How to Make the Ultimate Breakfast Burrito
If you grew up along the border between Mexico and the U.S. like I did, then you know that burritos are a way of life. I remember going to work with my dad in El Paso during my school breaks and seeing all of the construction workers eating burritos that their spouses made for them to bring along on the job. I realized that we were built on burritos, and that those burritos are the ultimate easily-transportable, eat-on-the-go food.
Border-style burritos, whether they're packed in a lunch box or served at a restaurant, are unique because of their homemade flour tortillas and the stewy guisado filling. These differ from what you would encounter in the rest of the States: Border burritos tend to be a lot slimmer since the only add-ons, beyond a guisado-sometimes carnitas, sometimes chile colorado, sometimes chile relleno, or something else-are refried beans or guacamole. You won't find any rice, lettuce, or sour cream inside, as you might in a California-style burrito.
My family and I would go eat burritos almost every weekend when I was a kid, and one of my favorite burritos to this day is a cheesy breakfast burrito. Bacon, egg, and cheese burritos-or BEC burritos-hold a special place in my heart; they're the affordable but delicious meal that fed me throughout my early cooking career in Austin. A fresh flour tortilla is the key to making the ultimate breakfast burrito-and a bad store-bought one is likely what's ruining any other breakfast burrito you might encounter.
A really good burrito starts with a really good tortilla, one that's pliable, elastic, and fluffy. If you've never made fresh tortillas at home before, know that repetition is key; with a little practice you'll get there.
In order to make the tortilla dough a bit easier to work with, make sure it's kept hydrated. Even when following my recipe exactly, your dough may vary from day to day, depending on the weather and moisture in the air. When measuring the hot water to add to the dough, I like to keep an extra cup on hand, just in case it is needed. As I begin to knead the dough, I am looking for something that starts off a bit sticky but slowly takes the shape of a smooth ball. Whenever your dough is resting, be sure to cover it to avoid letting it dry out.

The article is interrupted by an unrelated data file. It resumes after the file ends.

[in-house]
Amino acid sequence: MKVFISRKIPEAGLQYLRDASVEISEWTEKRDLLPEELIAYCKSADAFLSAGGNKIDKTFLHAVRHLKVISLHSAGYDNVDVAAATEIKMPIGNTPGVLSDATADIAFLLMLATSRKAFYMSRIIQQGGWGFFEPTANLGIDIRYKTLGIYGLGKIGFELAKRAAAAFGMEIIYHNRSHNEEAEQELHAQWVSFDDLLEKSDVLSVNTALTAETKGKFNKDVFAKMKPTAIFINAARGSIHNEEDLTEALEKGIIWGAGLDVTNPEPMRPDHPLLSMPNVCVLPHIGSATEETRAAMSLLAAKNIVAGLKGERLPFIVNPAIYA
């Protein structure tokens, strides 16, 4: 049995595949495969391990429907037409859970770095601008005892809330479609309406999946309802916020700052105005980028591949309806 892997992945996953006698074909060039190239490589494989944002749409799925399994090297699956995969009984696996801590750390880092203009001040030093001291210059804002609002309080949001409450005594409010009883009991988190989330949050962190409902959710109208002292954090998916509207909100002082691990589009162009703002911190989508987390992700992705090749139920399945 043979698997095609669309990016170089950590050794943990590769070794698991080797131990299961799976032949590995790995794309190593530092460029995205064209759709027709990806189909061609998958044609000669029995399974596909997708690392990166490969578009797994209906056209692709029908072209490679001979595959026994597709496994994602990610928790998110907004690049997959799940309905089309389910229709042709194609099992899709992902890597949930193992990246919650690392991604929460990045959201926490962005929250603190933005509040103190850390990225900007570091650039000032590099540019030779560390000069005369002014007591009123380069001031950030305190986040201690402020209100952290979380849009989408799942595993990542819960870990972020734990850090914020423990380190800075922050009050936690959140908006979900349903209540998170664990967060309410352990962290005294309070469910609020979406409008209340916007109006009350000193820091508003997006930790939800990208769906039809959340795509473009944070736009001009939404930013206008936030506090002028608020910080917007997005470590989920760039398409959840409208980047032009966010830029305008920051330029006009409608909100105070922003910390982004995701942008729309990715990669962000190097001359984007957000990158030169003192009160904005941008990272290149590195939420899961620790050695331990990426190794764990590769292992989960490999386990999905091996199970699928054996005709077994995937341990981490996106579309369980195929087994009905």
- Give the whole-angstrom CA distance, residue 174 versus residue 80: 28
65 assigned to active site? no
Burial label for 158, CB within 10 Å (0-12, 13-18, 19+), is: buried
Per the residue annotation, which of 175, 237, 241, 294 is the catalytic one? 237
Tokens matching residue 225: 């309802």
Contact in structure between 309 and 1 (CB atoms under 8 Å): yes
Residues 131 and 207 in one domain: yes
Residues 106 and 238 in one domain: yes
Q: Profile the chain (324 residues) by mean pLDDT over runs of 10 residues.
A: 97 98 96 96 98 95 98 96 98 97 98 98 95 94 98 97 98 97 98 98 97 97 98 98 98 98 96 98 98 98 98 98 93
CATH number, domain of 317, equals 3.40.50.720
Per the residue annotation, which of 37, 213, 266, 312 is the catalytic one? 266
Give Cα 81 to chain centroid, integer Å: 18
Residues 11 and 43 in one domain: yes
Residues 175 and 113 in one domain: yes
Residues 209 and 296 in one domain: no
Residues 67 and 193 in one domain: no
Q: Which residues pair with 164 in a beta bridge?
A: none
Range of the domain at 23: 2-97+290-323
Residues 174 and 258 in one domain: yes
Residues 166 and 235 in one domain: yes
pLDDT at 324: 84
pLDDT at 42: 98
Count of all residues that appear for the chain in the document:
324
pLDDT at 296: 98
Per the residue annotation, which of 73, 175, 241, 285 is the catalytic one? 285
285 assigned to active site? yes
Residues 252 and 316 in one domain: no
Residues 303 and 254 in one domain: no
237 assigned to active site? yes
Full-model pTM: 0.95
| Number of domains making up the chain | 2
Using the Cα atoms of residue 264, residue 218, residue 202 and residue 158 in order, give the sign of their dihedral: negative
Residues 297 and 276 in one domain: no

When I first started making flour tortillas, I would sometimes overwork the dough, which then meant rolling them out was difficult and I ended up with firm tortillas. The more you practice, the more you get a feel for when to stop kneading: As I knead the dough, I look for signs of the dough beginning to give a little push back, which usually happens after 10 to 15 minutes. I check by pressing my thumb into the dough-just look for a slow spring back. If the dough springs back immediately, then I know I have gone too far-then I'd let it rest for an extra hour before rolling.
Giving the dough time to rest before rolling is a crucial step in the process. Not enough resting time will result in the dough being a little more difficult to roll out. The best way to check if you're ready for rolling is to press down on one of the portioned balls. If the dough remains pressed with no spring-back, then your tortillas are ready to be rolled. If not, then let the dough rest longer.
I have been eating breakfast burritos for as long as I can remember, and so far I must say that this is my favorite version, and the one I most love serving at my burrito popup, Los Burritos Juarez. The creaminess of the cheesy soft-scrambled eggs and silky beans is contrasted by the crispy bacon strips and the tortilla chips mixed in with the eggs.
I'll leave you with one more trick before you get rolling: the key to a perfect BEC (and beans) burrito is making sure everything is seasoned well. Taste each component as you go, then bring it all together for the ultimate morning meal.